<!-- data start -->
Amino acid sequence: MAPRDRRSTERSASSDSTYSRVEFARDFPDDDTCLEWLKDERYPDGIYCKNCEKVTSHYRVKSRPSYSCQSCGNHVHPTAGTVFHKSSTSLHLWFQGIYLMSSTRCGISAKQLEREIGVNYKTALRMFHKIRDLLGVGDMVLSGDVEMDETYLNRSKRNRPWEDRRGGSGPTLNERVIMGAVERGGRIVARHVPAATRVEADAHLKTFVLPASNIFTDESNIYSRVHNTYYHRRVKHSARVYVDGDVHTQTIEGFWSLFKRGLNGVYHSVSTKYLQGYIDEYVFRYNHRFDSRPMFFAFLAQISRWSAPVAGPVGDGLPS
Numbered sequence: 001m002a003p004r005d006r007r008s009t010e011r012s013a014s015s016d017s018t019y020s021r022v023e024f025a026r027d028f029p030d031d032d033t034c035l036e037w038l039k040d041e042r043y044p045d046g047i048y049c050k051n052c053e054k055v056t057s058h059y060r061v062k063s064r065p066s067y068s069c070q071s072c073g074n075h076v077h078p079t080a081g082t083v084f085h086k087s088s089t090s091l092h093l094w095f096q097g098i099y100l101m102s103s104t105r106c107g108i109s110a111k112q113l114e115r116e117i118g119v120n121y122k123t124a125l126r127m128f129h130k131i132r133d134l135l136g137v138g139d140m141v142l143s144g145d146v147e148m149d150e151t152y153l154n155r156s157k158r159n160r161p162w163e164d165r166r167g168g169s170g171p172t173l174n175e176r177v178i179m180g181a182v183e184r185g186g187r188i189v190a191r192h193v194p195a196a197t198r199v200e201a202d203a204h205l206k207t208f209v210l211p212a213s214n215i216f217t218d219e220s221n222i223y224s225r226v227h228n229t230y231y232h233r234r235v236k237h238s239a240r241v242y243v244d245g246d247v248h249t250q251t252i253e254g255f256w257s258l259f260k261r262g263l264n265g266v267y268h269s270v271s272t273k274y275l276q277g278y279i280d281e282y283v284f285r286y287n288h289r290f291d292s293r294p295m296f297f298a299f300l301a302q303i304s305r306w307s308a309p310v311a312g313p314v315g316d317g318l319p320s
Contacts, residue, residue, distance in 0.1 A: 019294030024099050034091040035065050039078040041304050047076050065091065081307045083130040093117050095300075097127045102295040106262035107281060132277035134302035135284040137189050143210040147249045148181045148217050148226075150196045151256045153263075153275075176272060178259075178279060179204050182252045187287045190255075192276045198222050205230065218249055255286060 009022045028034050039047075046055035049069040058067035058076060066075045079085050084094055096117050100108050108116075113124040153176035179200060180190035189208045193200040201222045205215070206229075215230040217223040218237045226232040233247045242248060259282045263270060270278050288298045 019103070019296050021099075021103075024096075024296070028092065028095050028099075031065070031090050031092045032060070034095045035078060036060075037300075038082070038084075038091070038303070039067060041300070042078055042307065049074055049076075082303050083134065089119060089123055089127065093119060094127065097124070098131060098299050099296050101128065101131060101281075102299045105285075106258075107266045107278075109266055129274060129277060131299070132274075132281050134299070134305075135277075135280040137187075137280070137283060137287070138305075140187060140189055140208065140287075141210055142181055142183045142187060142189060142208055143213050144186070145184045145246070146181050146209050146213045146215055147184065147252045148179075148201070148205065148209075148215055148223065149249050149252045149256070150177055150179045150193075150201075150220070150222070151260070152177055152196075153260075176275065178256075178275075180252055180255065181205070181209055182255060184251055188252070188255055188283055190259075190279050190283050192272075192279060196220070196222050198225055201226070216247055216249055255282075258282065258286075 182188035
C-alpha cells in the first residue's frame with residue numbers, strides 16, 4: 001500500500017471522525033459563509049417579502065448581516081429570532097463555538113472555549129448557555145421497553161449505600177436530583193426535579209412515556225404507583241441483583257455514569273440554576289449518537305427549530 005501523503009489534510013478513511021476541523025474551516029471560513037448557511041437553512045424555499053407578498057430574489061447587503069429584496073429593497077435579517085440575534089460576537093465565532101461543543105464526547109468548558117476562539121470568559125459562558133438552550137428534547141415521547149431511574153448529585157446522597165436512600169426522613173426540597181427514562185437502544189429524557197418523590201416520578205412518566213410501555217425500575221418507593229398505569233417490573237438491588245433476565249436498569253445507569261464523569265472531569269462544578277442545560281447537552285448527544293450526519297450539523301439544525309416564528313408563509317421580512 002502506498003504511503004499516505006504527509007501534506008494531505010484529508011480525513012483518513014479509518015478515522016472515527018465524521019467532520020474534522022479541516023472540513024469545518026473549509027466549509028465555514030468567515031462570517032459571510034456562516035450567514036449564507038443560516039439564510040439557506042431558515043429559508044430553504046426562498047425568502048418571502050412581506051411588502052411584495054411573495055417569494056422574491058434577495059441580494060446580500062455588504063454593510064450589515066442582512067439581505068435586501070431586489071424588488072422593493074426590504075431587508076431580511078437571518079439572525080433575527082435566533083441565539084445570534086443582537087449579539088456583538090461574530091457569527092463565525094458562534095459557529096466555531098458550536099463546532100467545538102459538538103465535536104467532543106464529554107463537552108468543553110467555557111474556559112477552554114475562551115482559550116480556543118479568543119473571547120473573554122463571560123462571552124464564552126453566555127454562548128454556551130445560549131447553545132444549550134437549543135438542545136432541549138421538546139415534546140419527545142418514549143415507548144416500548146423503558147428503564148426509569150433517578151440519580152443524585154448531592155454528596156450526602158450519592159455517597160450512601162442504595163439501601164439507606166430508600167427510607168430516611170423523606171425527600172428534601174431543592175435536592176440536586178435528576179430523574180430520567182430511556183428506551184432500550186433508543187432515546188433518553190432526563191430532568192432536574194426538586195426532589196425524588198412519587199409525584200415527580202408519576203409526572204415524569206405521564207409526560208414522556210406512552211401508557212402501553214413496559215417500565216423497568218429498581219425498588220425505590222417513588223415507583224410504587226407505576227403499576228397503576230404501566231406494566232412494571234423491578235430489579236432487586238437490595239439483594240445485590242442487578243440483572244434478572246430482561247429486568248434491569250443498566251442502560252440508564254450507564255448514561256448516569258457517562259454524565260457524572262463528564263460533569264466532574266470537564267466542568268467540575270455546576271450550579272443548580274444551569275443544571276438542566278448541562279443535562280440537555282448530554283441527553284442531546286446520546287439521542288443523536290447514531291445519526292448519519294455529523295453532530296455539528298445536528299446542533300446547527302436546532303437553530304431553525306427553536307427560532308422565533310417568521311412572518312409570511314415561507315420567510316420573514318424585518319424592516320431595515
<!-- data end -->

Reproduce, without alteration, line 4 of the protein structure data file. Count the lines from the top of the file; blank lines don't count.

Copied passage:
C-alpha cells in the first residue's frame with residue numbers, strides 16, 4: 001500500500017471522525033459563509049417579502065448581516081429570532097463555538113472555549129448557555145421497553161449505600177436530583193426535579209412515556225404507583241441483583257455514569273440554576289449518537305427549530 005501523503009489534510013478513511021476541523025474551516029471560513037448557511041437553512045424555499053407578498057430574489061447587503069429584496073429593497077435579517085440575534089460576537093465565532101461543543105464526547109468548558117476562539121470568559125459562558133438552550137428534547141415521547149431511574153448529585157446522597165436512600169426522613173426540597181427514562185437502544189429524557197418523590201416520578205412518566213410501555217425500575221418507593229398505569233417490573237438491588245433476565249436498569253445507569261464523569265472531569269462544578277442545560281447537552285448527544293450526519297450539523301439544525309416564528313408563509317421580512 002502506498003504511503004499516505006504527509007501534506008494531505010484529508011480525513012483518513014479509518015478515522016472515527018465524521019467532520020474534522022479541516023472540513024469545518026473549509027466549509028465555514030468567515031462570517032459571510034456562516035450567514036449564507038443560516039439564510040439557506042431558515043429559508044430553504046426562498047425568502048418571502050412581506051411588502052411584495054411573495055417569494056422574491058434577495059441580494060446580500062455588504063454593510064450589515066442582512067439581505068435586501070431586489071424588488072422593493074426590504075431587508076431580511078437571518079439572525080433575527082435566533083441565539084445570534086443582537087449579539088456583538090461574530091457569527092463565525094458562534095459557529096466555531098458550536099463546532100467545538102459538538103465535536104467532543106464529554107463537552108468543553110467555557111474556559112477552554114475562551115482559550116480556543118479568543119473571547120473573554122463571560123462571552124464564552126453566555127454562548128454556551130445560549131447553545132444549550134437549543135438542545136432541549138421538546139415534546140419527545142418514549143415507548144416500548146423503558147428503564148426509569150433517578151440519580152443524585154448531592155454528596156450526602158450519592159455517597160450512601162442504595163439501601164439507606166430508600167427510607168430516611170423523606171425527600172428534601174431543592175435536592176440536586178435528576179430523574180430520567182430511556183428506551184432500550186433508543187432515546188433518553190432526563191430532568192432536574194426538586195426532589196425524588198412519587199409525584200415527580202408519576203409526572204415524569206405521564207409526560208414522556210406512552211401508557212402501553214413496559215417500565216423497568218429498581219425498588220425505590222417513588223415507583224410504587226407505576227403499576228397503576230404501566231406494566232412494571234423491578235430489579236432487586238437490595239439483594240445485590242442487578243440483572244434478572246430482561247429486568248434491569250443498566251442502560252440508564254450507564255448514561256448516569258457517562259454524565260457524572262463528564263460533569264466532574266470537564267466542568268467540575270455546576271450550579272443548580274444551569275443544571276438542566278448541562279443535562280440537555282448530554283441527553284442531546286446520546287439521542288443523536290447514531291445519526292448519519294455529523295453532530296455539528298445536528299446542533300446547527302436546532303437553530304431553525306427553536307427560532308422565533310417568521311412572518312409570511314415561507315420567510316420573514318424585518319424592516320431595515